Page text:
In states like Alaska and Maine, releasing muskie is actually discouraged.
This is where you want to catch your muskies for eating!
What Does Muskie Taste Like?
Properly prepared muskie is a very firm, (some say tough) white meat, with a pink tint and has a mild flavor. Some even consider it bland and claim it needs spice or sauce, to give it flavor.
Muskie have been compared in flavor to both freshwater bass and northern pike.
Let me put it this way: Musky are much more popular for the allure and sporting qualities than they are for their taste as the dinner table.
Are Muskie Safe To Eat?
There are some safety concerns when eating muskie. This is not due to any innate toxicity in the fish itself, but rather, environmental contamination. Muskie are particularly prone to having high levels of mercury due to their position atop the food chain.
They’re voracious predators that eat anything and everything they can catch: fish, mammals, birds, amphibians, and reptiles.
Yes, musky have been known to eat ducks, mice, snakes and more!
Anytime they swallow a prey animal, they add its mercury load to their own.
Consequently, big muskies are generally old fish who have been gulping down everything they can get their teeth into for many years.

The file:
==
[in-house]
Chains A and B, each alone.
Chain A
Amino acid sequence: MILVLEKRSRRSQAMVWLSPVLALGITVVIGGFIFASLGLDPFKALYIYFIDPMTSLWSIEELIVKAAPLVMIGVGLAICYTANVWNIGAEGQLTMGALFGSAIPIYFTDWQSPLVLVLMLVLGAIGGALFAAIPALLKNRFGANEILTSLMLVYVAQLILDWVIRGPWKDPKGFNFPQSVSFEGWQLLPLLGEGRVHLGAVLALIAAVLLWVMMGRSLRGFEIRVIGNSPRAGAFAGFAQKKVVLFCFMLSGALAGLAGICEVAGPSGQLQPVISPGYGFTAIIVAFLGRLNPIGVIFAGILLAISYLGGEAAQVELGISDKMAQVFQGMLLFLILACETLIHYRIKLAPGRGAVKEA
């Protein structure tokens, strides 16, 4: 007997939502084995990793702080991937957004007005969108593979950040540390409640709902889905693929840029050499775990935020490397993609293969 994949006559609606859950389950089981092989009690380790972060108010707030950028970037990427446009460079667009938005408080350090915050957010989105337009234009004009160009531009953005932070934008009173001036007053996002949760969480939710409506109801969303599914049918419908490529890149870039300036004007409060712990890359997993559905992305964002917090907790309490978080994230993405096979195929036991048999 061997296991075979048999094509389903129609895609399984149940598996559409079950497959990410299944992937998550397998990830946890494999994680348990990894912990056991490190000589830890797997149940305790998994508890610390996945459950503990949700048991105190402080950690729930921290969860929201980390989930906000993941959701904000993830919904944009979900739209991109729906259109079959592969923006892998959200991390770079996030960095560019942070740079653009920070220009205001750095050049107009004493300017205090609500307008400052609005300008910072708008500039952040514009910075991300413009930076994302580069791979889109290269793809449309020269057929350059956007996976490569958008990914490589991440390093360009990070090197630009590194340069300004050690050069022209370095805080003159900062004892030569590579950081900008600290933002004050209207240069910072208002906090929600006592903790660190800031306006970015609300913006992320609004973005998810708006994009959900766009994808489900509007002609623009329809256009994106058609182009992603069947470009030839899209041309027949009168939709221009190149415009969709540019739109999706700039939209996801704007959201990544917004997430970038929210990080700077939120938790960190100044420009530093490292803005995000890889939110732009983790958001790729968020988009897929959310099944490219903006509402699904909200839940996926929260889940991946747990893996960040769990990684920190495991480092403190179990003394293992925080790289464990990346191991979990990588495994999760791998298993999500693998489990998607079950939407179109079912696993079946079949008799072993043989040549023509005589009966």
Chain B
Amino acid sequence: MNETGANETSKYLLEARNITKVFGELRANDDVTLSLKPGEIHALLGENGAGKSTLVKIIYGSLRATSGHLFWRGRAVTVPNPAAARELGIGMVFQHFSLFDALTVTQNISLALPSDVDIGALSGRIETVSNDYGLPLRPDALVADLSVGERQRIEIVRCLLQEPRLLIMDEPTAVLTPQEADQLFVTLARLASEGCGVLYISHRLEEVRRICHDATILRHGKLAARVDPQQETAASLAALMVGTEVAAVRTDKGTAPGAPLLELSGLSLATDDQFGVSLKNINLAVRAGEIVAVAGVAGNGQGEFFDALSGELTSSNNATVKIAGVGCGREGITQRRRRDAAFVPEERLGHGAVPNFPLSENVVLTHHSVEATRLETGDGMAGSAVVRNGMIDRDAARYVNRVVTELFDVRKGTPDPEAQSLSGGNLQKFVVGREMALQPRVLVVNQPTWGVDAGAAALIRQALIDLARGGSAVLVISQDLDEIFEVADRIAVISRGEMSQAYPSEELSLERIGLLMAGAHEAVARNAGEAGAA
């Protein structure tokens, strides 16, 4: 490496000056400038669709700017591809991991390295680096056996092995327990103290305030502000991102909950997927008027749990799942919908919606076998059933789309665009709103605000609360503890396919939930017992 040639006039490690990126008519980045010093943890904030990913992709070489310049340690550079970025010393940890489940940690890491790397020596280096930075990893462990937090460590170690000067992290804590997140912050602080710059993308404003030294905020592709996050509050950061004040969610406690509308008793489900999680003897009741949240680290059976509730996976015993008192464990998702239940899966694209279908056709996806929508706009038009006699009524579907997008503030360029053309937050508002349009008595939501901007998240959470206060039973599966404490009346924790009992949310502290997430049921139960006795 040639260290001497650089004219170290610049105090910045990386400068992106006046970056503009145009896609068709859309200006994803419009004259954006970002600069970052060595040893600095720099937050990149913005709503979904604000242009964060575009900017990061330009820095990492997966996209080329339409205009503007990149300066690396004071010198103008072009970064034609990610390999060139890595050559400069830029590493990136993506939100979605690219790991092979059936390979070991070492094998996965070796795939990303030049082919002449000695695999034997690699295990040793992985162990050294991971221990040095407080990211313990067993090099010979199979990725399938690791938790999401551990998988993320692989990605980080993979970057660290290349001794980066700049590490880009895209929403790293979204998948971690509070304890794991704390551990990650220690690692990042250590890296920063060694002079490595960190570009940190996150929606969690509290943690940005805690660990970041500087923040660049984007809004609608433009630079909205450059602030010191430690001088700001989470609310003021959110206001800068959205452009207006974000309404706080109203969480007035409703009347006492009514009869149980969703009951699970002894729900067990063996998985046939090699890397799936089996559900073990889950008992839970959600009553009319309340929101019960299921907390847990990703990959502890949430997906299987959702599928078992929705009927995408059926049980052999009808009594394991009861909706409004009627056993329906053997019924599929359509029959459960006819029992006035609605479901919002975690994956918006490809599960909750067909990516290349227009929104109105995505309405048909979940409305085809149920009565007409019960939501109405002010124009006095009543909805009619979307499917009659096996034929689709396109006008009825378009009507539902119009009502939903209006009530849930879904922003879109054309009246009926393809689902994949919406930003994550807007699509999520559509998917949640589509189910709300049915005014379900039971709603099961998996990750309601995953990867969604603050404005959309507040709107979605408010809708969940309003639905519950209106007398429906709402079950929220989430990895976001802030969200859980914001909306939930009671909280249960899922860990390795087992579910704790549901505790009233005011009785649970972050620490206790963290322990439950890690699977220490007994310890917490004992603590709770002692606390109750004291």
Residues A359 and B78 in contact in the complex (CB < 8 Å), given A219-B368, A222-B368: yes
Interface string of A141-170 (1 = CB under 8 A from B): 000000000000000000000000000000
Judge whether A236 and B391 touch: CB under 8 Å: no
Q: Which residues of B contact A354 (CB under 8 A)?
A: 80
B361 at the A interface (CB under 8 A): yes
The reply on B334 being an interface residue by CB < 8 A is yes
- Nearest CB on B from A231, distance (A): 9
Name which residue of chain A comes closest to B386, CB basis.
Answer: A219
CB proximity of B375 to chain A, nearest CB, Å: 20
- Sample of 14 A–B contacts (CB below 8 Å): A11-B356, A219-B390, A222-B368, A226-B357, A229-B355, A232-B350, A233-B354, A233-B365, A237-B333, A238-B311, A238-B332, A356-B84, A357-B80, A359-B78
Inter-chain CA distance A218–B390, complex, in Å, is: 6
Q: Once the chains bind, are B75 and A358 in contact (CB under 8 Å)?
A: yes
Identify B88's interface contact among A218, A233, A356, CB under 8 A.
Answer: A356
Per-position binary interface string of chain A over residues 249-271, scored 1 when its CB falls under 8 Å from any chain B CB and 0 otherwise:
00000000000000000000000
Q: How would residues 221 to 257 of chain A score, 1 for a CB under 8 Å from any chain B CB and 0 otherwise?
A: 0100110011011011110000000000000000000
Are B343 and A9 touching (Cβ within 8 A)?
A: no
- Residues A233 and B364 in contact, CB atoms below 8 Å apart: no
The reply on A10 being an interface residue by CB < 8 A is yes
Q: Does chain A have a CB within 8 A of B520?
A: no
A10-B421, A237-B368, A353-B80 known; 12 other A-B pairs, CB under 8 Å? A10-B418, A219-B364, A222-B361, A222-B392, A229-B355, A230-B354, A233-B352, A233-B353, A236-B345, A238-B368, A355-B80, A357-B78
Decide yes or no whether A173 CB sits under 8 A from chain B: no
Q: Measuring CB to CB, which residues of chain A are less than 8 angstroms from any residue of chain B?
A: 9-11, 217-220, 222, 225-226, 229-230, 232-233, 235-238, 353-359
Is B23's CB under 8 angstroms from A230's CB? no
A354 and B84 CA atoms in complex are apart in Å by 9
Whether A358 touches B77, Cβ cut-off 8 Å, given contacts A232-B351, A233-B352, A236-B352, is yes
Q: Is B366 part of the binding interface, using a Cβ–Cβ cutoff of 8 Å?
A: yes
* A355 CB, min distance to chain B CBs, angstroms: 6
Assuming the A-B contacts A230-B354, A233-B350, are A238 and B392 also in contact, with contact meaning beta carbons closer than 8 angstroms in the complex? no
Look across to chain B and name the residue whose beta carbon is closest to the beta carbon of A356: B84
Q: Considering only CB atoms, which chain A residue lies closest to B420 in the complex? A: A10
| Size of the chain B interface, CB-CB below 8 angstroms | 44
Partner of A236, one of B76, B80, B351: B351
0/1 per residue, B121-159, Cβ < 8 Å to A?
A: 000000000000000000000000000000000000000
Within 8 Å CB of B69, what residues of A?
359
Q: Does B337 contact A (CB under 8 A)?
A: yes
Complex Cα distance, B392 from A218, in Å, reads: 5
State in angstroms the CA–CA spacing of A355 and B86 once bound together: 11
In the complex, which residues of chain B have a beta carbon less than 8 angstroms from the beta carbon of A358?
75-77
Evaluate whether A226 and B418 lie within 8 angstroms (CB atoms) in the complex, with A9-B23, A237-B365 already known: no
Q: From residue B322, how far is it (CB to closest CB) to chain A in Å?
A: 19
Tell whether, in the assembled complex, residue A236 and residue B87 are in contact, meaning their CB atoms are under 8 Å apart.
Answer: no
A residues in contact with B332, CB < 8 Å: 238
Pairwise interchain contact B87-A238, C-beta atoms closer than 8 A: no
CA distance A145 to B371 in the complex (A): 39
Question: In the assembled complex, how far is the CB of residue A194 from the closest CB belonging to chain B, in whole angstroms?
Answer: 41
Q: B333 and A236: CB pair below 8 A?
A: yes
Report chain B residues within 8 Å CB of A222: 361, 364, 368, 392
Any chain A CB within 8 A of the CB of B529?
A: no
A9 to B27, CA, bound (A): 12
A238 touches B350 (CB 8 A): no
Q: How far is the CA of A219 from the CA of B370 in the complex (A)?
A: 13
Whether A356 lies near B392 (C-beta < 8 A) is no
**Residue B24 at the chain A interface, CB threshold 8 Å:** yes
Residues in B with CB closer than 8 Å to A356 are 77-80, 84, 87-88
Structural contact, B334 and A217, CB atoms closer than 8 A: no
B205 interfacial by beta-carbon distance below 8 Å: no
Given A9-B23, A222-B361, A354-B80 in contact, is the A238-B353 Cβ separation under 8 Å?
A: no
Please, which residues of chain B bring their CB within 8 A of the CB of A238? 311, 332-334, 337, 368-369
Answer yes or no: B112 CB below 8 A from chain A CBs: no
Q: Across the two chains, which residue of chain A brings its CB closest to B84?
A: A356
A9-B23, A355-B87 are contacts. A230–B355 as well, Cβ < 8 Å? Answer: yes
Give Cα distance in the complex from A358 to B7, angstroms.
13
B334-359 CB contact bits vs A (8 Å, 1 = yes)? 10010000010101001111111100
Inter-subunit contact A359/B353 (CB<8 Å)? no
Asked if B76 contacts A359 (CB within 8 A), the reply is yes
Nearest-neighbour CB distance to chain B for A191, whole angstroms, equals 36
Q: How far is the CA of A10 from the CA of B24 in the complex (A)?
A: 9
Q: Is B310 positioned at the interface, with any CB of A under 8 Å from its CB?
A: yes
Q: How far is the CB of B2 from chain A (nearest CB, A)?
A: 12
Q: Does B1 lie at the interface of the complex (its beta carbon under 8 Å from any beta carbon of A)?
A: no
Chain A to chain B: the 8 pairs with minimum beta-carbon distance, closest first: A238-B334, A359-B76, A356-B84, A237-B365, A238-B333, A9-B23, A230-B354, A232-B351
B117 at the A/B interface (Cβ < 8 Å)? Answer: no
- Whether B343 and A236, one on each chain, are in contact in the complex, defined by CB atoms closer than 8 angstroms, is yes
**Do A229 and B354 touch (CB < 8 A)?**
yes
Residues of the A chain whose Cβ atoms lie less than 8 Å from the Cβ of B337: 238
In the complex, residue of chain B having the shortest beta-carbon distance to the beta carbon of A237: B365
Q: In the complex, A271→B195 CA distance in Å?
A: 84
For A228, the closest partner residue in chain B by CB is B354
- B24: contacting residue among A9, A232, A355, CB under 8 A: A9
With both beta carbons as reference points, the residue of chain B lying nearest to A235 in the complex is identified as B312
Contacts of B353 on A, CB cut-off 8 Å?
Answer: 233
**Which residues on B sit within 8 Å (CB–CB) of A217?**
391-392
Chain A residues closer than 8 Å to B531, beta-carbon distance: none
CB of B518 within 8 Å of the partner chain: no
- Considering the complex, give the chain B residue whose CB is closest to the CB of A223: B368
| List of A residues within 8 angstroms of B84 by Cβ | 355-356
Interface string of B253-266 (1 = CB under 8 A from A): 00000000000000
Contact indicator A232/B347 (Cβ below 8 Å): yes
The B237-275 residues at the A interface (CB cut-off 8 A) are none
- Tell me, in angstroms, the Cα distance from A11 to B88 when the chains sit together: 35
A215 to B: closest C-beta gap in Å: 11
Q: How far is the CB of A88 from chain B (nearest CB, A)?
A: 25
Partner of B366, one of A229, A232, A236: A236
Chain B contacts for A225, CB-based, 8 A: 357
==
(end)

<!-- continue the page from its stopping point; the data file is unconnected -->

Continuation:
The general advice is that muskie should not be eaten more than once a month, and not more than six times a year. Children and women who are pregnant or nursing should avoid it altogether.
Can Muskie Be Eaten Raw?
Muskie is not great eaten raw. While it doesn’t normally harbor any diseases or parasites that can’t be killed by freezing, its toughness and flavor don’t make for great raw eating.
As a general rule, I do not recommend eating raw freshwater fish.
Is Muskie Good For You?
As long as you heed all necessary mercury warnings, muskie can be very healthy as an addition to your diet.
They’re a low-calorie, high-protein, low-carb option that gives a good dose of heart-healthy omega-3 fatty acid as well as many vitamins and minerals.
Muskie is great for people following low-carb, keto, carnivore, Whole 30, or any of several other healthy diets.
As with any fish, moderation and preparation play a big role in the health benefits.
How To Prepare Muskie
Note: Always be sure to check the local fishing rules and regulations in your area before harvesting any fish. There may be season closures, tag requirements or slot limits you must abide by.
Cleaning a muskie is very similar to cleaning a northern pike. These two fish are often confused for one another, but the process of getting clean boneless fillets is the same.